Fractures of the lower cervical spine

An accident immediately followed by the occurrence of gross limitation of movement in every direction, especially of extension (full articular pattern) strongly suggests vertebral fracture or dislocation. Apart from possible neurological problems the patient presents with severe central or bilateral neck pain and is unable to move his head as the result of muscle spasm. Properly performed radiological examination is diagnostic.

Most fractures in the cervical spine occur below C2. They range from fractures of the articular process to fractures of the vertebral body, lamina, spinous process and pedicle. Fractures are commonly classified in six groups depending (in order of frequency) on the forces that have acted on the cervical spine: compressive flexion, distractive flexion, compressive extension, vertical compression, distractive extension and lateral flexion.13 Neurological problems most often occur when the fracture is combined with luxation.14,15 Pathological fractures following a minor injury or a sudden effort give rise to the same clinical picture but the history is much less indicative and may even be misleading. If neurological injury is present, the diagnosis of a probable fracture or dislocation is made more simple.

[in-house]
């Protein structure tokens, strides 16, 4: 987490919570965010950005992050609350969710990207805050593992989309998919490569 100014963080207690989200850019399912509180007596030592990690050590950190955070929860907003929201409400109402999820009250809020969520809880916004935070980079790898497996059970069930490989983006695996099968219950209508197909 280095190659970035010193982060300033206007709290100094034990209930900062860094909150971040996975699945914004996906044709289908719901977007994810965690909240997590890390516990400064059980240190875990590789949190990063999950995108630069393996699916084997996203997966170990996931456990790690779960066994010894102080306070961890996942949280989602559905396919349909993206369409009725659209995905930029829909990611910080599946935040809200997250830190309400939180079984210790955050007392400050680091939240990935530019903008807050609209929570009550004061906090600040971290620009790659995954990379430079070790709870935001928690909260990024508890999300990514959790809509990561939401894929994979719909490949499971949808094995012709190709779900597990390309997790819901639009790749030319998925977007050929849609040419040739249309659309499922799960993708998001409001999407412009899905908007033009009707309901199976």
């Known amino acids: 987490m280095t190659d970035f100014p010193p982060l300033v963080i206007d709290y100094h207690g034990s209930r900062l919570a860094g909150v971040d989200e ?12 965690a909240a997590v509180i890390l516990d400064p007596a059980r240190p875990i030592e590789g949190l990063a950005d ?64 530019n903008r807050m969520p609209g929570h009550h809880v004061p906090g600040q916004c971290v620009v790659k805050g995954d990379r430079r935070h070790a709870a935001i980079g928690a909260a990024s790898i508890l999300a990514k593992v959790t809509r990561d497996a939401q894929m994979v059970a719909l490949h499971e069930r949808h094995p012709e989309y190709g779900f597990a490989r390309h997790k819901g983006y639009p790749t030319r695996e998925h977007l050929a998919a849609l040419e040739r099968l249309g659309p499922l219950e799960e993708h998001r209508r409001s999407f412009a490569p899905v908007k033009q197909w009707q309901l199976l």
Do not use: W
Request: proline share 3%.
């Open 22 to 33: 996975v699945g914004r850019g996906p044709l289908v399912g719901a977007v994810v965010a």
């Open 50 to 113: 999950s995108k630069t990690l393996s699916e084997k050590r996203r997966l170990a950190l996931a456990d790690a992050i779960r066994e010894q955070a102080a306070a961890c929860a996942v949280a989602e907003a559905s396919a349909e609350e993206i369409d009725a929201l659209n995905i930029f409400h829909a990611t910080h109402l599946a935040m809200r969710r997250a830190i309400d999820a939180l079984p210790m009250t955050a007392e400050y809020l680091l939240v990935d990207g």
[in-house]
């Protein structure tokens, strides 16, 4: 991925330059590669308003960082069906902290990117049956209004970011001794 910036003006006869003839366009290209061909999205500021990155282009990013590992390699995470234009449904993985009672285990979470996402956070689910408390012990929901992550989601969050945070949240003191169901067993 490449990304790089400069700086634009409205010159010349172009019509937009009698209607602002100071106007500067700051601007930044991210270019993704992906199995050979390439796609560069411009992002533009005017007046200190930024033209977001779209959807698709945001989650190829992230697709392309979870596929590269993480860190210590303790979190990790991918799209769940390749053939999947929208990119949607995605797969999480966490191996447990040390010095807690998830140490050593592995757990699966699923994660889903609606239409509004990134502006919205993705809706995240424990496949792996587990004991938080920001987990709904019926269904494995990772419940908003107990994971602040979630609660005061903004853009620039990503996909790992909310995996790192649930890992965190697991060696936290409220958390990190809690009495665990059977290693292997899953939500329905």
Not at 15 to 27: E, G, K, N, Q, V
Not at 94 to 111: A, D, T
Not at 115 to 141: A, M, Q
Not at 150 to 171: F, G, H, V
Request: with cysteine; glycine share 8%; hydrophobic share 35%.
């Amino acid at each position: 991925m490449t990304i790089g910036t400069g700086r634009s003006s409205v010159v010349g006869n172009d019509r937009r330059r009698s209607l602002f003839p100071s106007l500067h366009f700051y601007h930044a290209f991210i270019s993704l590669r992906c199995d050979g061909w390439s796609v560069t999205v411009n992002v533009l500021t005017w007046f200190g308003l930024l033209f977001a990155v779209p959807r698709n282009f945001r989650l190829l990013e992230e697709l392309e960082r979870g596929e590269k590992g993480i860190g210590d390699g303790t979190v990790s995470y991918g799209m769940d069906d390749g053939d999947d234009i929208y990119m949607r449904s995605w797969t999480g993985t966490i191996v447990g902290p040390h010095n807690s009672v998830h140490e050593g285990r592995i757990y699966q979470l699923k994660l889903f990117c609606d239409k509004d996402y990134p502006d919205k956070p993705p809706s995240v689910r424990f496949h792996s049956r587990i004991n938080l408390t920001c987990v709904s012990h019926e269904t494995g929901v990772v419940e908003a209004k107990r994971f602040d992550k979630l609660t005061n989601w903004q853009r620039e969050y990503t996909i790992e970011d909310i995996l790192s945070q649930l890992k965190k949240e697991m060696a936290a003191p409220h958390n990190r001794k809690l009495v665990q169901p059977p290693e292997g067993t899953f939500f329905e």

Clay-shoveller’s fracture

This is a fracture of one or more spinous processes in the lower cervical or upper thoracic spine (mostly C7, sometimes C6 or T1).16

A traction fracture may occur as the result of strong muscular force from the trapezius transmitted to the spinous processes through the musculature. It happens suddenly. A crack is felt followed by severe pain at the base of the neck and between the shoulders. The same event may occur in motor vehicle accidents where a strong flexion force is applied to the neck, and thus also in whiplash injuries.17,18